Execs think IT security is in good shape – but is it?

The good news: Most executives report their companies are doing pretty well when it comes to IT security. The bad news: It probably isn’t true. 

IT managers often have a tough time convincing execs to invest money in IT security. One reason may be that the people in charge of the corporate pocketbook have an overly rosy view how well-protected their data is.

For example, most (68%) of the 9,300 CEOs, CFOs, vice presidents and IT leaders surveyed believe their companies have “instilled effective security behaviors into their organizational culture,” according to a recent survey from PwC Consulting. Only 20% weren’t confident in their organization’s security culture, while 12% didn’t know.

In addition, 70% are confident that their security policies and practices have been effective.

But is that really the case at a majority of companies? Most IT pros would likely agree that users don’t always behave as though security is at the top of their minds. And other data in the PwC report may show that confidence could be a little too high. For example:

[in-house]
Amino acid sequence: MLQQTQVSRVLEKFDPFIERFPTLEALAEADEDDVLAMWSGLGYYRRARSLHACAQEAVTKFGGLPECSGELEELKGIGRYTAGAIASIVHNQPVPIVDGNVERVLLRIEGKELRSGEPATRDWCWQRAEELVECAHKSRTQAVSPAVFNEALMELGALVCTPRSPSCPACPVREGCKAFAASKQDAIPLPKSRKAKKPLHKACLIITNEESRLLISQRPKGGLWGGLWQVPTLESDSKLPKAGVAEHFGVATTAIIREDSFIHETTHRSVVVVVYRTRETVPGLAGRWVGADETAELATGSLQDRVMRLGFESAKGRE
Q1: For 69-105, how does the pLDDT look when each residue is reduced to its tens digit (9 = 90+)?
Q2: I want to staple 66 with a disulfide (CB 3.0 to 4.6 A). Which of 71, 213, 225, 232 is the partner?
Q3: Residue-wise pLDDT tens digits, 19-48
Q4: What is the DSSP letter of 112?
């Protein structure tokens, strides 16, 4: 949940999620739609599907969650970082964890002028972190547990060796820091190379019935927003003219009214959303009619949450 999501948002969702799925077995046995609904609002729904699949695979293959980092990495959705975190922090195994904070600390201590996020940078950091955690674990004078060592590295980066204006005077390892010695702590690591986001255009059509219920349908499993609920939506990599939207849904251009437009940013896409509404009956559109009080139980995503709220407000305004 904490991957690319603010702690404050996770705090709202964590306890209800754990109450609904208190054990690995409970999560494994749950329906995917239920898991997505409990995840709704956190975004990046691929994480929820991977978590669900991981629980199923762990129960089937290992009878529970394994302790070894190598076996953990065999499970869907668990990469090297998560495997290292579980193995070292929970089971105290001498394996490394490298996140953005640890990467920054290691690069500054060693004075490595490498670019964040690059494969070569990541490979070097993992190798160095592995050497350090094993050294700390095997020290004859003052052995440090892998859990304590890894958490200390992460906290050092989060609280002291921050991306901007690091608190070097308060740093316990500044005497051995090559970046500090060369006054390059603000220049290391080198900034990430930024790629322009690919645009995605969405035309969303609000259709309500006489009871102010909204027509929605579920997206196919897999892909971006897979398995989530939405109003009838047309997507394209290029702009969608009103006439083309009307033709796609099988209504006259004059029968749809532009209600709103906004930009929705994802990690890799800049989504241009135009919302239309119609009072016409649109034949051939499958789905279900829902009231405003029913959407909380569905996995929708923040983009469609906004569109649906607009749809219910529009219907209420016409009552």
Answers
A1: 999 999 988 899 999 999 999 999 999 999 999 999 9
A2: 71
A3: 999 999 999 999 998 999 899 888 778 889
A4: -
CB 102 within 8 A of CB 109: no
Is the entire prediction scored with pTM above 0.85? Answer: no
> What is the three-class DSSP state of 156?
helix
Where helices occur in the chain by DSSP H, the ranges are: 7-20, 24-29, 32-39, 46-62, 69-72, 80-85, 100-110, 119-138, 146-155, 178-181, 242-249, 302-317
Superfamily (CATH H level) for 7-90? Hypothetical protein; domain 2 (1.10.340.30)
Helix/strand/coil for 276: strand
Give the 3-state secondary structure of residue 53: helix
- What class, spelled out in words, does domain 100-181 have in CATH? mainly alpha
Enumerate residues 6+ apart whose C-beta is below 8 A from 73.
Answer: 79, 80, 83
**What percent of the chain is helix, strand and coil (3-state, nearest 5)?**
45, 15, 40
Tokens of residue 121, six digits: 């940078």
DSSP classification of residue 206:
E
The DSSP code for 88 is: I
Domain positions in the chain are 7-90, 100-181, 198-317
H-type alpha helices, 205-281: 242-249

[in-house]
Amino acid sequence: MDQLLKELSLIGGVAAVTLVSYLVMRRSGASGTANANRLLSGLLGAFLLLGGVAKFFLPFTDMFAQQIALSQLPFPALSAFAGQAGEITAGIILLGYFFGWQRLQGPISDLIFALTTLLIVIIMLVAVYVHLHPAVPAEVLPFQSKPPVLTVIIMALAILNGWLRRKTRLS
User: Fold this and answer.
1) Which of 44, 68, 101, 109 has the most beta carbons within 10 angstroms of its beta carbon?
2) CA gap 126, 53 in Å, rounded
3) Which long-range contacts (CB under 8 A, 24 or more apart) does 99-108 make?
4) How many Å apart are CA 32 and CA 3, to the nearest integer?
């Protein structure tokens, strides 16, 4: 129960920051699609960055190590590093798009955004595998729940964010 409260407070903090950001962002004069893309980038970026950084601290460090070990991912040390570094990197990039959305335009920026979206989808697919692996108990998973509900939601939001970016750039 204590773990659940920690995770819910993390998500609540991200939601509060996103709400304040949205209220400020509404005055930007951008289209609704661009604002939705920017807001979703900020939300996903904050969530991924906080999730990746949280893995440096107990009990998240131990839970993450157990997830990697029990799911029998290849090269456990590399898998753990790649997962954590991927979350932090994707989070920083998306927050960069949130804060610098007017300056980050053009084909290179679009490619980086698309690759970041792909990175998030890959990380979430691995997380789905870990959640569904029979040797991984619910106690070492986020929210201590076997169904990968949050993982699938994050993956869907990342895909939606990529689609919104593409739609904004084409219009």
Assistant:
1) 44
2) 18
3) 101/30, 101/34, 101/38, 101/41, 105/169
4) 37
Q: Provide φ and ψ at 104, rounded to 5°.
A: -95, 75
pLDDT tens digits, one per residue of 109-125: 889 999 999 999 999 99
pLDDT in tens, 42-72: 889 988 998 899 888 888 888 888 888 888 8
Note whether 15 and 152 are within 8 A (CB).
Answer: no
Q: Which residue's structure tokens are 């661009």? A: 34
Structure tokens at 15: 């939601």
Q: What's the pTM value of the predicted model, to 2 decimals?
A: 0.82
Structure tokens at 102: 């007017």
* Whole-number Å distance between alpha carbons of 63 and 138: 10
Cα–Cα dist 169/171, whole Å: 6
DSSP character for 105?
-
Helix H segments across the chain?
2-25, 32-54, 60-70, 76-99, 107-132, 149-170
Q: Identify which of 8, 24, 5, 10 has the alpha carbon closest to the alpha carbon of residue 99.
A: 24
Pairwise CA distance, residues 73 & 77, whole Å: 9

1. Fewer than half (44%) say their firms only collect the minimum amount of sensitive personal information they need to do business
  2. Less than a third of companies require third parties they do business with to follow their own internal security policies, and
  3. Just 25% of respondents said security staff become involved in projects from the beginning.

Despite those poor practices — and despite the rising number of IT security attacks faced by companies — organizations’ confidence has led to security budgets staying flat, as less than half of companies expect security spending to increase.

A budget increase would come in handy, though, as 26% of respondents said their biggest obstacle to improving IT security was a lack of funding — making that the top answer out of all the choices. Many also pointed to a lack of support for security from the executive level.

Therefore, it’s IT’s job to convince those leaders that the company is vulnerable to security threats and that more spending will help lower the risk. For some help, download our white paper, 7 Statements Your CFO or CEO Needs to Hear to Increase IT Spending.